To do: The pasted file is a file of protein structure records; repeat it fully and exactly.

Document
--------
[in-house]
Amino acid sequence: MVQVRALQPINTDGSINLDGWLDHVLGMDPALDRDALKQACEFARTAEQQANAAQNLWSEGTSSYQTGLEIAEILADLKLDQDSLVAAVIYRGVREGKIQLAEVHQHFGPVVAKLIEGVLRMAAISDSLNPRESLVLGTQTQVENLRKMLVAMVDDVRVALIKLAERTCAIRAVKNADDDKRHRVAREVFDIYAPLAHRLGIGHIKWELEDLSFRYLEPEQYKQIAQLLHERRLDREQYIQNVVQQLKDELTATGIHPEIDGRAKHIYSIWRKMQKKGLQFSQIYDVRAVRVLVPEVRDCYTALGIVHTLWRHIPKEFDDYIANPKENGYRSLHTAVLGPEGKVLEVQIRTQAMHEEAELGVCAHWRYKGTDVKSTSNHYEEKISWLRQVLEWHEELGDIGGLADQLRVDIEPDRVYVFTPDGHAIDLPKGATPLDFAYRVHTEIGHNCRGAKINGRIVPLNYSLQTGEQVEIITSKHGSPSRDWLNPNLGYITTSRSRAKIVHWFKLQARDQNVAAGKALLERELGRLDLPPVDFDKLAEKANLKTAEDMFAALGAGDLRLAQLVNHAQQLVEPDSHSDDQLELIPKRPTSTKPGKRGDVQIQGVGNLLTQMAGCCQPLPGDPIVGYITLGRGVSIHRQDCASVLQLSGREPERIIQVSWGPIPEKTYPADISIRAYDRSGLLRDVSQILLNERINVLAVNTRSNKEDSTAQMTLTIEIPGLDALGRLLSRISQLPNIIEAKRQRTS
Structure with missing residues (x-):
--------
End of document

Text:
[in-house]
Amino acid sequence: MVQVRALQPINTDGSINLDGWLDHVLGMDPALDRDALKQACEFARTAEQQANAAQNLWSEGTSSYQTGLEIAEILADLKLDQDSLVAAVIYRGVREGKIQLAEVHQHFGPVVAKLIEGVLRMAAISDSLNPRESLVLGTQTQVENLRKMLVAMVDDVRVALIKLAERTCAIRAVKNADDDKRHRVAREVFDIYAPLAHRLGIGHIKWELEDLSFRYLEPEQYKQIAQLLHERRLDREQYIQNVVQQLKDELTATGIHPEIDGRAKHIYSIWRKMQKKGLQFSQIYDVRAVRVLVPEVRDCYTALGIVHTLWRHIPKEFDDYIANPKENGYRSLHTAVLGPEGKVLEVQIRTQAMHEEAELGVCAHWRYKGTDVKSTSNHYEEKISWLRQVLEWHEELGDIGGLADQLRVDIEPDRVYVFTPDGHAIDLPKGATPLDFAYRVHTEIGHNCRGAKINGRIVPLNYSLQTGEQVEIITSKHGSPSRDWLNPNLGYITTSRSRAKIVHWFKLQARDQNVAAGKALLERELGRLDLPPVDFDKLAEKANLKTAEDMFAALGAGDLRLAQLVNHAQQLVEPDSHSDDQLELIPKRPTSTKPGKRGDVQIQGVGNLLTQMAGCCQPLPGDPIVGYITLGRGVSIHRQDCASVLQLSGREPERIIQVSWGPIPEKTYPADISIRAYDRSGLLRDVSQILLNERINVLAVNTRSNKEDSTAQMTLTIEIPGLDALGRLLSRISQLPNIIEAKRQRTS
Structure with missing residues (x-):